The newbie-friendly checkbox is also a way corporations can lie about who they recruit. In the above example, a player can have 4 million skillpoints and can still be classified as “new”, but 4 million skillpoints represents about sixty days of playing EVE. While a player can always inject 4 million skillpoints and apply to this corporation, it probably will not end up well for the player or the corporation that recruited them.

On top of that, there is the mechanic for the corporation finder to act both as an “activity check” and a “money sink.”  The activity check comes in by forcing corporation leaders to renew their ad whenever the select period of time is over, which at maximum is 28 days.  The “money sink” comes in when the corporation leadership pays for the ad space as a means of removing chunks of in-game currency from the game. This is a mechanic found in most MMOs as a means to curb inflation and is found most in repair costs or listing items on the auction house. However, at only 7.5 million ISK for a 28-day advert, it is safe to say that the ISK cost is somewhat meaningless. So how can it improve?


To start getting more from the in-game corporation finder right now, visit these helpful out-of-game websites that players have built over the years. They compile data about corporations directly from the game’s API: – zKillboard is a treasure trove of information about anything and everything in EVE. Not only does it list ships being destroyed and who they belonged to, it also lists the date and time the ship was destroyed as well as listing items that may not be player driven, but can deliver killmails as well such as player owned starbases, citadels, and engineering complexes.  If a corporation says they do “a thing” zKillboard will be the best way to verify if what they say is true. – Dotlan is a fantastic tool that is all about maps, navigation, and so much more.  Looking up a corporation on Dotlan will reveal whether or not they hold sovereignty in nullsec, what their member statistics are like, who the CEO is, as well as whatever is attached to the corporation’s in game description panel, which will also include similar information to what is in the corporation’s in game advert with maybe more specifics. – EVEwho is a tool that that is great out-of-game method for finding information on individual players in EVE.  It can also be utilized to look up corporations (similar to dotlan but without the map information), but it’s biggest strength is being streamlined and easy to use.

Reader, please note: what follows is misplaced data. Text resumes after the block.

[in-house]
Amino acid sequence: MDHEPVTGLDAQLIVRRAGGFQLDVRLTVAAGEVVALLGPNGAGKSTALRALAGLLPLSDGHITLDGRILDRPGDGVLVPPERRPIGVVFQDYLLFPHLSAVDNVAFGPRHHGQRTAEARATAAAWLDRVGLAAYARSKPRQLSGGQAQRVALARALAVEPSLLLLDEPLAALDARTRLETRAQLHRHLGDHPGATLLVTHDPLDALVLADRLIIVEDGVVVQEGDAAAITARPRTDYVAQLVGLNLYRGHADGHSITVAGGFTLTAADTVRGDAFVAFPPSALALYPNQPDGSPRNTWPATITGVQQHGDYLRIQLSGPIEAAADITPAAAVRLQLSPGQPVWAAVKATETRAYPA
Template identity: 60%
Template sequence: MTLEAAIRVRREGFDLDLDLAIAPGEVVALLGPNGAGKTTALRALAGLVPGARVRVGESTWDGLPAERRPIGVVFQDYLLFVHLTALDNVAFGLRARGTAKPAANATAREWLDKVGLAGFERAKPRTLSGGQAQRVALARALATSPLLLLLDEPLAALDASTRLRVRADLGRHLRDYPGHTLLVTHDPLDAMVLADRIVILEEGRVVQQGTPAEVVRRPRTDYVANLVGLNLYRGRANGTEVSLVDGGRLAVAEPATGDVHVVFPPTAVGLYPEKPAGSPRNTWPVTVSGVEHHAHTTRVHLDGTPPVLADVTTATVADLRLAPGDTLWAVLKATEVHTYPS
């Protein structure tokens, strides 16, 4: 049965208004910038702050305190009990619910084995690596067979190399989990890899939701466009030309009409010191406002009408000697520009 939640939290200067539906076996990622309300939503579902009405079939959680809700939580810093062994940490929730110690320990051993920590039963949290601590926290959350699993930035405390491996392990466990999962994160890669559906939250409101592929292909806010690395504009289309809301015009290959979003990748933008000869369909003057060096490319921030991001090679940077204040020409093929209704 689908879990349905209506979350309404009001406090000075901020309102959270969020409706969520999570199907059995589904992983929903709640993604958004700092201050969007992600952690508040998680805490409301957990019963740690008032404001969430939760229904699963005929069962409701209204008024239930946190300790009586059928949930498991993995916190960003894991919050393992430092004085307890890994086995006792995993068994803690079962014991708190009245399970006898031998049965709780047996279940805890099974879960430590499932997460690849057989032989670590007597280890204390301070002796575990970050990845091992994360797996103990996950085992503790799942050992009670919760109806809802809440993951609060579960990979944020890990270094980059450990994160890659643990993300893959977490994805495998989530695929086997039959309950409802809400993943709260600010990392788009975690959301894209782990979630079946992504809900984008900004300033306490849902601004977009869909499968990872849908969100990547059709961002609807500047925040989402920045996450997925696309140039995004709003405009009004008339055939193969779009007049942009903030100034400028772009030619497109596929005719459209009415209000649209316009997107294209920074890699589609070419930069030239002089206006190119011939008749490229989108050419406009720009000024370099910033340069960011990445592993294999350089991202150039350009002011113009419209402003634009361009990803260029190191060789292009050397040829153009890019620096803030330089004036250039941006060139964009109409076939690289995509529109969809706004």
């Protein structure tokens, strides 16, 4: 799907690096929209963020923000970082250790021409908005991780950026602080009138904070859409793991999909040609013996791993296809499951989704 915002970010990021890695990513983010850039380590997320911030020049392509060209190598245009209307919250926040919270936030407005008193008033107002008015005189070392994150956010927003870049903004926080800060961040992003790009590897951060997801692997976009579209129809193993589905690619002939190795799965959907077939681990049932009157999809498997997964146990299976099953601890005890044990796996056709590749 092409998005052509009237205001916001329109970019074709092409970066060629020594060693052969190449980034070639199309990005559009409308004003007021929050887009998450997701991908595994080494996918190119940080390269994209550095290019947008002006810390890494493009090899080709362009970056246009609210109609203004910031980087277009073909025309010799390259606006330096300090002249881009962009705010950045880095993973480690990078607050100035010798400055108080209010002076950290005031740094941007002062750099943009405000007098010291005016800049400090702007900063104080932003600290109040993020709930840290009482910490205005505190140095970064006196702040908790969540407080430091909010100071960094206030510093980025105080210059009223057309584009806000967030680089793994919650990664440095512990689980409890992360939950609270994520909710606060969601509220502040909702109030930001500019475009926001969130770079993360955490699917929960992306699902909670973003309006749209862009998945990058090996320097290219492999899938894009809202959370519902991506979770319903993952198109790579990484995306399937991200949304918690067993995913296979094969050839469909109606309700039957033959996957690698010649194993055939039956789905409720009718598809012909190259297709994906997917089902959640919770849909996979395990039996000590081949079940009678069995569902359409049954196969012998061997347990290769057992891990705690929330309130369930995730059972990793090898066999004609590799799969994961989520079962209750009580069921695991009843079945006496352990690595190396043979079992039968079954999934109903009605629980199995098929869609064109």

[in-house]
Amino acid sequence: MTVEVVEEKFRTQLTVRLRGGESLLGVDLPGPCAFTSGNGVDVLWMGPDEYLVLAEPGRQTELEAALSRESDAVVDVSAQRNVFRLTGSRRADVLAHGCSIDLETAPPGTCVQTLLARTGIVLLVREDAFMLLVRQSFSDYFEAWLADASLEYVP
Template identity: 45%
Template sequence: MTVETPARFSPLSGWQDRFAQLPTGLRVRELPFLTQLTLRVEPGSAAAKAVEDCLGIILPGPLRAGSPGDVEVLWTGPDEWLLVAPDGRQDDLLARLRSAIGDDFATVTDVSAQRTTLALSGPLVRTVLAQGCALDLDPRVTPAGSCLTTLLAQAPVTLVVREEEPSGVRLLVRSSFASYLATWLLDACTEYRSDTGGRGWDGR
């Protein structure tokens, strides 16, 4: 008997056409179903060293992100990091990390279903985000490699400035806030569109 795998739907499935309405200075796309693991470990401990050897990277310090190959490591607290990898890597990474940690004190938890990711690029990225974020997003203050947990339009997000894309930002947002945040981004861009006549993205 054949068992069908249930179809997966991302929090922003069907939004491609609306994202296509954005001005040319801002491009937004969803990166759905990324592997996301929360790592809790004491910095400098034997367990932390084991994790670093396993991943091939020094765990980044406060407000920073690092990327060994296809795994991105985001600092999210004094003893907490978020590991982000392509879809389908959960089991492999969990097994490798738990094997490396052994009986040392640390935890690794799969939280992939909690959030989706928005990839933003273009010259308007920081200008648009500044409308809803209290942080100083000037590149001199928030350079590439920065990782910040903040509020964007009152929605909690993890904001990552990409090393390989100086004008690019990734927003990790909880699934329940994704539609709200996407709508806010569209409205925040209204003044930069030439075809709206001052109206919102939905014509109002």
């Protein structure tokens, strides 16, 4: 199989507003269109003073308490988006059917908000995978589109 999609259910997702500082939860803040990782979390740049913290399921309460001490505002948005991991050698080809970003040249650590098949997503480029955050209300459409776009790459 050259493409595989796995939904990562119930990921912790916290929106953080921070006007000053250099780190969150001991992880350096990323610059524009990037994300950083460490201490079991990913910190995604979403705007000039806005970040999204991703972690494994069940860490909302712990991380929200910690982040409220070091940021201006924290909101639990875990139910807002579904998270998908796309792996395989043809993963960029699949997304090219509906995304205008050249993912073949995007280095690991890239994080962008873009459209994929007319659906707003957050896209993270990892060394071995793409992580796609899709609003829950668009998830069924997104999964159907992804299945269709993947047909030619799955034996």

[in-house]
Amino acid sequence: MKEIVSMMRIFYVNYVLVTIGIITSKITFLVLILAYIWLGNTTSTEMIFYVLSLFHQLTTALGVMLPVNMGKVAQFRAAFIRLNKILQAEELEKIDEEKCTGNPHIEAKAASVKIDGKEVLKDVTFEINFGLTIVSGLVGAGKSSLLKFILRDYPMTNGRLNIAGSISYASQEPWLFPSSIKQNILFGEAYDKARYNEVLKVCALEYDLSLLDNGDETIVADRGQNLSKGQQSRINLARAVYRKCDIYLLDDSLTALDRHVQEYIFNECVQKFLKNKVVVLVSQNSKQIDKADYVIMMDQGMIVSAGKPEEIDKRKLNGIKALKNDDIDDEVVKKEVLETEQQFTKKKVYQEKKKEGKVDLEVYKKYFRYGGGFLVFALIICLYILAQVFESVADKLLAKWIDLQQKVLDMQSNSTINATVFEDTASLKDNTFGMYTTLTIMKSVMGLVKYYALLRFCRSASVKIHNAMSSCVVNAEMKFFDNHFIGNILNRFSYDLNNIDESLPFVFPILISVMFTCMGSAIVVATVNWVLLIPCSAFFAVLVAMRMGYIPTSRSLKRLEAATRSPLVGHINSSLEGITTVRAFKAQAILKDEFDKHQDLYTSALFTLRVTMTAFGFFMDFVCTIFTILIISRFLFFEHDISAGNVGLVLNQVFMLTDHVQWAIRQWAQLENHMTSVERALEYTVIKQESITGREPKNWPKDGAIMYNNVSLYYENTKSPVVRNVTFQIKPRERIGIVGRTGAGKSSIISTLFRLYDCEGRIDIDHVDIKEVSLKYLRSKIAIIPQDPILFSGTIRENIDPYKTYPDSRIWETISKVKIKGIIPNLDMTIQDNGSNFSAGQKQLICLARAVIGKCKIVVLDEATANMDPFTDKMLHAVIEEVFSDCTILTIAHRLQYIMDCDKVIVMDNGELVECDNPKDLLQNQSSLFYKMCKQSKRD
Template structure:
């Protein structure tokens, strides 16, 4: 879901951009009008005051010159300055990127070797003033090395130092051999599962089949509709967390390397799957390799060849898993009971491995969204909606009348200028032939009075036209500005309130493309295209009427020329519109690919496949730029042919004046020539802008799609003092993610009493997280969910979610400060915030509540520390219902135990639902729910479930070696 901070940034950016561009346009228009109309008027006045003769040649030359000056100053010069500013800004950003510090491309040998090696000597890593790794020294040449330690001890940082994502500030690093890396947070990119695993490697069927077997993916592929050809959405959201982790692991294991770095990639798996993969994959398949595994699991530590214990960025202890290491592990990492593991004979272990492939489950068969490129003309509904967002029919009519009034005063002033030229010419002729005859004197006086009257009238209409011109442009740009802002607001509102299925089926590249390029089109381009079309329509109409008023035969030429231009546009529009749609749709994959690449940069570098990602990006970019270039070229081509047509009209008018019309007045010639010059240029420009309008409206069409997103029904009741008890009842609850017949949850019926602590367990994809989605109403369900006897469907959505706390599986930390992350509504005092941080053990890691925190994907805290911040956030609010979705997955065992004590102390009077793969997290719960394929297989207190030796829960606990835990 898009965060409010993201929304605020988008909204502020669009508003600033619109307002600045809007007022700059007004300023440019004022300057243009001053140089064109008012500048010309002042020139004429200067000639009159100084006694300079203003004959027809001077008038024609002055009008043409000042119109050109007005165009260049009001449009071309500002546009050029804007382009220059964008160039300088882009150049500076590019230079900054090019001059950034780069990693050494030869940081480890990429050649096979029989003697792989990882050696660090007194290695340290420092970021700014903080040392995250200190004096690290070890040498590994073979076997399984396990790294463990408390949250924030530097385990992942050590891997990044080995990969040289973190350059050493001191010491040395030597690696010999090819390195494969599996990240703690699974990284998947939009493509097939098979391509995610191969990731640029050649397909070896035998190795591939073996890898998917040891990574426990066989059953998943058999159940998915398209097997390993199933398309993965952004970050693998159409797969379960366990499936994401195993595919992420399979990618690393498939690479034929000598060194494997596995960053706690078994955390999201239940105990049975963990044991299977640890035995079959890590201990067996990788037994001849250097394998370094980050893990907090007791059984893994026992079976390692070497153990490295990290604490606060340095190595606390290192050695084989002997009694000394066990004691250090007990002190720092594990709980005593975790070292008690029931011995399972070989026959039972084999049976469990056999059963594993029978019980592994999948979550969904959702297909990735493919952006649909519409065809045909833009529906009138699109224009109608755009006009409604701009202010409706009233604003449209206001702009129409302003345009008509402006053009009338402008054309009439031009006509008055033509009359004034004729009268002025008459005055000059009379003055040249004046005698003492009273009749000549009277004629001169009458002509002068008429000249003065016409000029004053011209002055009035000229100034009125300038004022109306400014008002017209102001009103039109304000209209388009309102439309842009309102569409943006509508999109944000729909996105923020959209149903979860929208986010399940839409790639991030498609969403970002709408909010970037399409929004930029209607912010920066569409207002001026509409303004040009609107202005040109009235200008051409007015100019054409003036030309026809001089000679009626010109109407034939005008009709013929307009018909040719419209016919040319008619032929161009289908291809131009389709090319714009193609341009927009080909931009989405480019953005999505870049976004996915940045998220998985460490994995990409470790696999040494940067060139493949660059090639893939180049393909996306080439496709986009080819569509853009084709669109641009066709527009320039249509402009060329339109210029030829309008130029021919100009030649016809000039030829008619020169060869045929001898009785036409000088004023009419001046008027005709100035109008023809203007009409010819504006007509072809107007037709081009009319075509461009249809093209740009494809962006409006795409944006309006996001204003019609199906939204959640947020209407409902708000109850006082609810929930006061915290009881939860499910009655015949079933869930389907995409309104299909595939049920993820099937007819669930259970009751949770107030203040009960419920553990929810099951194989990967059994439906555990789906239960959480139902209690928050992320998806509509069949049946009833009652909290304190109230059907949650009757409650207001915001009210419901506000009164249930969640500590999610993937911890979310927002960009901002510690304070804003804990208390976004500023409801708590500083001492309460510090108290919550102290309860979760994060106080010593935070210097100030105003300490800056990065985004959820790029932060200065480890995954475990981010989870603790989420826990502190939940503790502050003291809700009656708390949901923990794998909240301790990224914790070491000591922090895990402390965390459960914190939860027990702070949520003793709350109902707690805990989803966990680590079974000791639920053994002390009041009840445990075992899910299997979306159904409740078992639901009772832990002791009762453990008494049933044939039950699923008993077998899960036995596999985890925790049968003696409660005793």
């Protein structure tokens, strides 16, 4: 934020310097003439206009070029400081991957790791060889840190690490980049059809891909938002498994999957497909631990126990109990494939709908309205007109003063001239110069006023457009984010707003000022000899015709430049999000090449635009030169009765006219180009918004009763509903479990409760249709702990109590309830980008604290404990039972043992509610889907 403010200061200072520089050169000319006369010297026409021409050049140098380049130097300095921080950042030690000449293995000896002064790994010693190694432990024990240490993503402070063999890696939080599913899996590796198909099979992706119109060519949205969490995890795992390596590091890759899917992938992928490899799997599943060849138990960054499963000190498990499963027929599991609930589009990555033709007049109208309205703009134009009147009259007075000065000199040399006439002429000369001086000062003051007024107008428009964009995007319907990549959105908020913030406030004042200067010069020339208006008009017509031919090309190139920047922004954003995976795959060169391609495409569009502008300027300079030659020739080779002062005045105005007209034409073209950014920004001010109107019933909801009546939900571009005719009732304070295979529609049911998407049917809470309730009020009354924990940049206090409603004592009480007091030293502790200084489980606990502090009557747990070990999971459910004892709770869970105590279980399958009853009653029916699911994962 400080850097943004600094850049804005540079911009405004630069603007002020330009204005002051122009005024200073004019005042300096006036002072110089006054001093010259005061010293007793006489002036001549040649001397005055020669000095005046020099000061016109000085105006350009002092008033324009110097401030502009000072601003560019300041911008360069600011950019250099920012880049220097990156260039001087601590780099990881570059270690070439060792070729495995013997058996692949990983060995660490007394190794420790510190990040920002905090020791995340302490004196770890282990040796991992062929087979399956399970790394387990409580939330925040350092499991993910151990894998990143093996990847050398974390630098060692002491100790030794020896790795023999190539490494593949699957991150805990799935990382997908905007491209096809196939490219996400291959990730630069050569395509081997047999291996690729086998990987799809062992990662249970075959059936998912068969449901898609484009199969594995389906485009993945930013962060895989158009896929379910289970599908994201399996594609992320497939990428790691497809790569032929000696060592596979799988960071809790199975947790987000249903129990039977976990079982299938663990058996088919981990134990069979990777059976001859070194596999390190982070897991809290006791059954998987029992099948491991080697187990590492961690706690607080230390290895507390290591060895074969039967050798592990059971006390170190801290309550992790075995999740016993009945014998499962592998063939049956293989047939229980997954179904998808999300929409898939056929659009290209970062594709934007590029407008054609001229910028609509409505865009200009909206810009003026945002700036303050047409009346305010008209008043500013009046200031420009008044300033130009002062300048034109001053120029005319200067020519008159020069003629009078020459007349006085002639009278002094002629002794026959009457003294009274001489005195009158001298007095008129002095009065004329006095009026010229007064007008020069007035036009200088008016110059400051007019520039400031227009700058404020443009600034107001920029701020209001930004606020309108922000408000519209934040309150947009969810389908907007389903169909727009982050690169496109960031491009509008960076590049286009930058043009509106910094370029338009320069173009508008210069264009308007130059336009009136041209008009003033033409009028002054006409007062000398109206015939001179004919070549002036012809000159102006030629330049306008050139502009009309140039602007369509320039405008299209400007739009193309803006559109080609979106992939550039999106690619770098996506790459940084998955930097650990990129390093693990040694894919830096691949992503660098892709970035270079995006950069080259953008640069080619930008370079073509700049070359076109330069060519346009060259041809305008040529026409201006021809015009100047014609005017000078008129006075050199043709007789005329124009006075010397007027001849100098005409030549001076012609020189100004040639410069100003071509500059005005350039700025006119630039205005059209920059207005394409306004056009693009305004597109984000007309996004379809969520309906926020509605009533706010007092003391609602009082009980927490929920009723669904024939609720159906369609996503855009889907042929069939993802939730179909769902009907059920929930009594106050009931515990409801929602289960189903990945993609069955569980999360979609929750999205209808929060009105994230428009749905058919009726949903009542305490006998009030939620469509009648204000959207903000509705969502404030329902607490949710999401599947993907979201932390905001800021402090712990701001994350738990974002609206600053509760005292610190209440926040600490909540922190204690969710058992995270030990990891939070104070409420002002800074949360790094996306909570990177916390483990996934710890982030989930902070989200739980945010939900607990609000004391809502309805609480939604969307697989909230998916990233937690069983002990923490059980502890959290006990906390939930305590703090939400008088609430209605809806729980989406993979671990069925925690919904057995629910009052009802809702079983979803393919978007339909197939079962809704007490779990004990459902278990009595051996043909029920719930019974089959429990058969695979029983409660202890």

Thanks to the flexibility of EVE’s API, player-devs have created numerous tools to solve challenges that do not have in game solutions – jump bridge navigators, loyalty point calculators, player API checkers, and wormhole trackers are just some of the many tools that exist outside of the game that many have said throughout the years, “gee, it would be nice to have this stuff in-game”. Or, at least, something that points to these tools. Of course, there are reasons these tools don’t exist in the game and probably never will. Some of it is probably due to dedicating resources to actually work on such tools and some of it is probably tangled up in CCP’s mess of “legacy code.” Regardless, it would be nice to see more signs pointing towards these awesome tools to, at least, let players know they exist. For example, in Blizzard’s World of Warcraft, if a player is stuck on a quest chain, Blizzard’s in-game support recommends going to third-party websites like In EVE Online, this could manifest in many ways, but regardless of how CCP implements this tool, the important part is that new players discover it.

A more complicated fix is to redesign the corporation finder to implement more accurate metrics on how it delivers search results.  Get rid of the arbitrary “ISK Sink” mechanic that forces corporation leaders to re-list their ad every 28 days and move to a system that delivers search results based on raw activity instead.  CCP has much more data than what is on external web apps and can weigh corps in ways players cannot.  Using metrics like ore, ice, and gas that the group has collected in addition to NPC kills, Incursion NPC kills, wormhole NPC kills, exploration sites visited, ships built, jump freighters jumped, and player kills are all great indicators of how active a corporation actually is.  Then, weighing that data based on what a player is looking for – size of corporation, time zone, area of operation, and playstyle – could further refine results. Those that bubble up should emphasize activity level in each of these categories and, in a perfect world, give corporations an incentive to be active.

Ultimately, the goal here is to drive player interaction. Regardless of all the tiny ways this can happen, the important thing is to keep the discussion going.  The new tutorial that CCP Ghost’s team has produced is, by far, its best iteration. The challenge ahead is in connecting the dots between a new player in an NPC world and how that player gets involved with one of the only virtual galaxies that is run by players.

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  • Gigi Bellon

    For me one big problem is the lack of languages you can select for the corp advert, for example there are not many Italians playing this game, but I am one and I should be able to tell other people that I’m making an Italian corp in the language selection

    April 20, 2017 at 7:09 AM
  • Pew Pew

    “The new tutorial that CCP Ghost’s team has produced is, by far, its best iteration.”

    I recently played through the tutorial and while I agree this is the best it’s been I personally think it’s completely wrong for EVE and gives the wrong impression.